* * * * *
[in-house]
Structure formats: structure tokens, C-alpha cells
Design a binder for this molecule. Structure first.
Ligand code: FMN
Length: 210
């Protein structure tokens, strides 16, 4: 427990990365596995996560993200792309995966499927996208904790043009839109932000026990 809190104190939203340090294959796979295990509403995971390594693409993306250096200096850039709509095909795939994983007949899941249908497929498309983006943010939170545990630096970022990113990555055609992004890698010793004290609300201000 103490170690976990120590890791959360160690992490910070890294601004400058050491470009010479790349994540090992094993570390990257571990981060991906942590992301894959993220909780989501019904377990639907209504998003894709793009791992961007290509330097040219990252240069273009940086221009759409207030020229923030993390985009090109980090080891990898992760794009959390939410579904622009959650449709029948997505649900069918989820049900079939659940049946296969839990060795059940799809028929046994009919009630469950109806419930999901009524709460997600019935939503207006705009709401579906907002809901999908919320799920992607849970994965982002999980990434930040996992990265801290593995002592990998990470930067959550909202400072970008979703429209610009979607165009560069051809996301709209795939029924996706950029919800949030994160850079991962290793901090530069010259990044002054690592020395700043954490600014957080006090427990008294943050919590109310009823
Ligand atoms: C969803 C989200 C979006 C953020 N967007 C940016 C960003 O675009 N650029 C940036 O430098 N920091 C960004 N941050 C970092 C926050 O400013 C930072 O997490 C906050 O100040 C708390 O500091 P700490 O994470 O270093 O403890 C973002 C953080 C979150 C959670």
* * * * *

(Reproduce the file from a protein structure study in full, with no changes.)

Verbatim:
[in-house]
Structure formats: structure tokens, C-alpha cells
Design a binder for this molecule. Structure first.
Ligand code: FMN
Length: 210
């Protein structure tokens, strides 16, 4: 427990990365596995996560993200792309995966499927996208904790043009839109932000026990 809190104190939203340090294959796979295990509403995971390594693409993306250096200096850039709509095909795939994983007949899941249908497929498309983006943010939170545990630096970022990113990555055609992004890698010793004290609300201000 103490170690976990120590890791959360160690992490910070890294601004400058050491470009010479790349994540090992094993570390990257571990981060991906942590992301894959993220909780989501019904377990639907209504998003894709793009791992961007290509330097040219990252240069273009940086221009759409207030020229923030993390985009090109980090080891990898992760794009959390939410579904622009959650449709029948997505649900069918989820049900079939659940049946296969839990060795059940799809028929046994009919009630469950109806419930999901009524709460997600019935939503207006705009709401579906907002809901999908919320799920992607849970994965982002999980990434930040996992990265801290593995002592990998990470930067959550909202400072970008979703429209610009979607165009560069051809996301709209795939029924996706950029919800949030994160850079991962290793901090530069010259990044002054690592020395700043954490600014957080006090427990008294943050919590109310009823
Ligand atoms: C969803 C989200 C979006 C953020 N967007 C940016 C960003 O675009 N650029 C940036 O430098 N920091 C960004 N941050 C970092 C926050 O400013 C930072 O997490 C906050 O100040 C708390 O500091 P700490 O994470 O270093 O403890 C973002 C953080 C979150 C959670």